Senate GOP releases bill to cut Medicaid, alter 'Obamacare'
- Author: Santos West Jun 23, 2017,
Jun 23, 2017, 3:07
The general consensus is that it's merely the House bill with some provisions re-stated in order to seem less cruel.You can find the bill here, and a summary here.
The draft bill would provide $62 billion over eight years to a state innovation fund, to be used for coverage for high-risk patients, reinsurance and other items.
McConnell must navigate a narrow route in which defections by just three of the 52 Republican senators would doom the legislation.
The Senate's new bill to reshape the United States health care system would hurt Massachusetts, Governor Charlie Baker said Thursday.
This bill would cost Virginia's budget hundreds of millions of dollars by placing a per-capita cap on Medicaid, leaving us with the choice to cut critical health and long-term care services for people who need them, slash schools and transportation, or raise taxes.
The protesters yelled "no cuts to Medicaid" as they were led away. Now no federal funding can support abortion procedures, but Planned Parenthood receives grants for other services, including screenings and access to contraception. Corona said Medicaid helps his son Anthony get out of bed every morning, and he feared changes to the program "would possibly mean putting him in a nursing home".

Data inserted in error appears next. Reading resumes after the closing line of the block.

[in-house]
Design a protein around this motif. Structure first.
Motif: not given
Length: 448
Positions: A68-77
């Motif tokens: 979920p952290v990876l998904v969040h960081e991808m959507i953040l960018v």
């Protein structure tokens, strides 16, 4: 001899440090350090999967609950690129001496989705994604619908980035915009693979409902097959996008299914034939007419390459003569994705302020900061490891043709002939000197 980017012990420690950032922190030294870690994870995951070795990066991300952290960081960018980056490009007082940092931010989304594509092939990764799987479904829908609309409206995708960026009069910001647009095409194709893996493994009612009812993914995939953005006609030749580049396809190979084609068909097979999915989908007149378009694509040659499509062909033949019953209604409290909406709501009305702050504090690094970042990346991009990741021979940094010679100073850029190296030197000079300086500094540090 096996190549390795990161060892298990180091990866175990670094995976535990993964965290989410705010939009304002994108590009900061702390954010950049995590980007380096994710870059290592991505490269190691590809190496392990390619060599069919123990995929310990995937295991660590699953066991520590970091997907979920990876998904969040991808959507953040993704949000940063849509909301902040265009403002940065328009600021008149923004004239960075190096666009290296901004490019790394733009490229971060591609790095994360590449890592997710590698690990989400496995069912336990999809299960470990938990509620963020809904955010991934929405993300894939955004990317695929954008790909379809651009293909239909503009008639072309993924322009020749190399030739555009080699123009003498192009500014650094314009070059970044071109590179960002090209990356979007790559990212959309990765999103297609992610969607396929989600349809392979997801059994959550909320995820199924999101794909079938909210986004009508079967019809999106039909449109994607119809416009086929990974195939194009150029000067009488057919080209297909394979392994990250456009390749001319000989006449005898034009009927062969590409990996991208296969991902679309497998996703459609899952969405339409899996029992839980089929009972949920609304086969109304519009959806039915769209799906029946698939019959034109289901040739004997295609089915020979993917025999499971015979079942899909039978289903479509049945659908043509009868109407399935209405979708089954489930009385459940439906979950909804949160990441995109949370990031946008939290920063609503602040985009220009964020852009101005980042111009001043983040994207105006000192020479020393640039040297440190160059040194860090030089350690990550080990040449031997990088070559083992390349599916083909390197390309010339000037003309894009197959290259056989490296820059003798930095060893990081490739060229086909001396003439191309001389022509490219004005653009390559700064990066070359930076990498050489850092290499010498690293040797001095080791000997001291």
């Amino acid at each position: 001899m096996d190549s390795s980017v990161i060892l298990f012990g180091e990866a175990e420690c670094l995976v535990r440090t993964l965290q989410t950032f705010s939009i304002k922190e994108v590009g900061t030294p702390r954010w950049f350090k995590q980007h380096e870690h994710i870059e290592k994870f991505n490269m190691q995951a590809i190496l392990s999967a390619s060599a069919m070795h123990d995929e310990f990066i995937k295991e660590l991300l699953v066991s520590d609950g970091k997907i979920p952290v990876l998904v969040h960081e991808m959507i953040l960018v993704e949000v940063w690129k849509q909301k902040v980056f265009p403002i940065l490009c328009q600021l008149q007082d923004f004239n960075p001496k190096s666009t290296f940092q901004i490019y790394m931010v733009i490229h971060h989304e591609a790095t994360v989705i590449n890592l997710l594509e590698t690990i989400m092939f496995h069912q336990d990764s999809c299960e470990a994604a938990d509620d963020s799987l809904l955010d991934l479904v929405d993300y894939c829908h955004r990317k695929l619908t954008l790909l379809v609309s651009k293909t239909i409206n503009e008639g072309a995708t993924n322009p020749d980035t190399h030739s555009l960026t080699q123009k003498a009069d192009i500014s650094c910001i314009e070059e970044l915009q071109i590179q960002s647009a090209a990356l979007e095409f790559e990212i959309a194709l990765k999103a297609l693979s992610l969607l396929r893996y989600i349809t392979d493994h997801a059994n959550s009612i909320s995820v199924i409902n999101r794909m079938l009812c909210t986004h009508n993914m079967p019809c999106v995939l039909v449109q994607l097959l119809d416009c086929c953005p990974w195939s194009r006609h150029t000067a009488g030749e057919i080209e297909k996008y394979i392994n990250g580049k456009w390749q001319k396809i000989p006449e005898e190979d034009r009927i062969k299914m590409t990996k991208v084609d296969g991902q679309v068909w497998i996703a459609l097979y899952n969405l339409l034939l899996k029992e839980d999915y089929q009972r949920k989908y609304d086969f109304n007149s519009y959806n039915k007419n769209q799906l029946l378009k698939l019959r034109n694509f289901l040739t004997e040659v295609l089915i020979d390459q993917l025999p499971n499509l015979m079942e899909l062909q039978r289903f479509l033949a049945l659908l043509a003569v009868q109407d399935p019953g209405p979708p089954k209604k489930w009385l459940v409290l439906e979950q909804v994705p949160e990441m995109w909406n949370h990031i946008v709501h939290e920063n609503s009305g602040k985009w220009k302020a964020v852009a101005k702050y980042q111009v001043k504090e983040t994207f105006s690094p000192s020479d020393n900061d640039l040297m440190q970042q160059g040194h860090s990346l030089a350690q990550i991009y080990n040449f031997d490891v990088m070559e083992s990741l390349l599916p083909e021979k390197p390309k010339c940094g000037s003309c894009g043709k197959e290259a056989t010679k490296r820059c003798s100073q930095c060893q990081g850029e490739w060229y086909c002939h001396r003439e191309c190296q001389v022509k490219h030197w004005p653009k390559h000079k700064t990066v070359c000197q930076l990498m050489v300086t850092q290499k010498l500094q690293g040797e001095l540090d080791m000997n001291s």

-Congressional Budget Office analysts review the bill and its effect, both on Americans and the nation's finances. Senate Republicans hope to see better headlines from this CBO report than the one that the House GOP legislation received.
U.S. Sen. Chris Murphy, D-Conn., said, "No surprise that insurance lobbyists are helping write this bill". They include the American Hospital Association and the American Academy of Pediatrics.
Todd did not name the senators in question, but 11 GOP senators have already voiced concerns about the bill, according to a Washington Post analysis. Republican senators from states that expanded Medicaid, such as Ohio's Rob Portman, want to extend that phase-out to seven years. The program now gives states all the money needed to cover eligible recipients and procedures.
It's called the Better Care Reconciliation Act of 2017, and it's the healthcare bill the Senate Republicans have released today.
"As now drafted, this bill draft does not do almost enough to lower premiums", Cruz said in a statement obtained by CNN. It would also eliminate the requirement for larger companies to provide health coverage to workers.
Rep. Carol Shea-Porter said she was "appalled" by the bill and said it would derail the state's efforts to fight the opioid crisis, charge older Americans more and leave people with preexisting conditions without coverage. It allows parents keep their kids on their policies until they turn 26, and requires insurers to cover people with preexisting conditions.